Like so many voters who try to stay informed, articles about the pro and con of the high-profile CMP corridor referendum monopolized most of my attention. Pulling the curtain behind me at the polls, I was prepared — or, at least, so I thought. Referendum Question 2, money for highways and bridges, was a shoe-in. A given, it required little homework. These highway bond referendums always pass handily. Anyone who votes against these highway funding issues is spitting into the wind.
What about Question 3, the right to food? Frankly, this one caught me unprepared. For whatever reason — my own negligence or lack of media coverage — the far-reaching implications of this state constitutional change were not known to me there in the Ellsworth polling booth. Taking my time, a careful read was in order before filling in the circle on the ballot.
In reading it, my assumption, misguided perhaps, was that the right to food measure was to simply protect the back-to-landers, who want to grow cannabis, special mushrooms, herbs or what have you. Despite my conservative law-and-order bent, it has long seemed to me silly to jail people for growing things in their backyard, whatever the crop.
Question 3 got my vote.
And guess what? Unknowingly, in supporting Question 3, I also by sheer good luck simultaneously cast my vote to give Maine hunting rights state constitutional protection! The constitutional amendment as worded protects my right “to harvest food of my choosing.” According to David Trahan, executive director of the Sportsmen’s Alliance of Maine (SAM), Maine is the first state in the nation to enact such a constitutional provision. He expects other states to follow suit.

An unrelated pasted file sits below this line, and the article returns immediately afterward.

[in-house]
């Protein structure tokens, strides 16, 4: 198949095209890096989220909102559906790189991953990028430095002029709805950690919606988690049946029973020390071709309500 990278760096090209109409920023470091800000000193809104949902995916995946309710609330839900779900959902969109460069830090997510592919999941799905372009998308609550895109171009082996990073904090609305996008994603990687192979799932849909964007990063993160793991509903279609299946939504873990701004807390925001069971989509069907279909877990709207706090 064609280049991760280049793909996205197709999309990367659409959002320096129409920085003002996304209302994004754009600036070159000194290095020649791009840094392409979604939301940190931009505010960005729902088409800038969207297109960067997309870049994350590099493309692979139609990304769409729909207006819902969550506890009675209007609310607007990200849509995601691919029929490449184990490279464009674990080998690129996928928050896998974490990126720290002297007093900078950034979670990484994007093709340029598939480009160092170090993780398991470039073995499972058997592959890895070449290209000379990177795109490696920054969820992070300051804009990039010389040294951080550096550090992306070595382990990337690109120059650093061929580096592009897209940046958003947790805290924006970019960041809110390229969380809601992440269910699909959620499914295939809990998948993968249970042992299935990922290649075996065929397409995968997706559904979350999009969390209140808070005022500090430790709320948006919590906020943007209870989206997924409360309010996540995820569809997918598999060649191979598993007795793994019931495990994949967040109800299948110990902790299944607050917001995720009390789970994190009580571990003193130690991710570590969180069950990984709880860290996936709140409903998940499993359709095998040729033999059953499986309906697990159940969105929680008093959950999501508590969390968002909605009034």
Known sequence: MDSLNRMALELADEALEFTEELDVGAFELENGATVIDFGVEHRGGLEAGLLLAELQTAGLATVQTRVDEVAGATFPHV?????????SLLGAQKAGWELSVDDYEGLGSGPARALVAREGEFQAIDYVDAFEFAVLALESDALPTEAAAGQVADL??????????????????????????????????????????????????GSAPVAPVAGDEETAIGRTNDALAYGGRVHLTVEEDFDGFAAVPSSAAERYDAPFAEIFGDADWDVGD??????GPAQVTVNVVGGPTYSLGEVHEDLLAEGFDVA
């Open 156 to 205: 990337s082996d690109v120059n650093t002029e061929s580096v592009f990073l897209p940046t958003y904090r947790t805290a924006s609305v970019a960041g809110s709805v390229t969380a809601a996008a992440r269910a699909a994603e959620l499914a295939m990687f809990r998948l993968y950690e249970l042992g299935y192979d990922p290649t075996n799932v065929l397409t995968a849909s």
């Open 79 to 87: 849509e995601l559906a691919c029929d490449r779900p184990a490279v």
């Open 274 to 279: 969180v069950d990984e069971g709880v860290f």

Trahan also observes that this “new right establishes reasonable boundaries to protect us (hunters) from animal rights activists.” Apparently, there was a lot of opposition to this constitutional amendment, not only from the Farm Bureau, but a number of animal rights organizations.
Ironically, a number of previous attempts to add hunting rights to the state constitution have failed over the years. And for what it is worth, the legislative debate leading up to this recent protection clause further defined and reinforced the definition of the word “harvest” to mean hunting and fishing.
This is all good. In retrospect, though, given the groundbreaking implications of Question 3 it really deserved much more media coverage than it got. Still, this may not have been a bad thing, for obvious reasons.
Much of the credit for this proposal goes to state Sen. Craig Hickman of Winthrop and state Rep. Billy Bob Faulkingham of Winter Harbor.
Hunting rights aside, this constitutional right to raise and gather our own food may be timely, given fast-rising inflation and supply chain issues. Maine is at the end of the national supply chain. And, as Sen. Hickman pointed out, “Maine is the most food-insecure state in the nation.”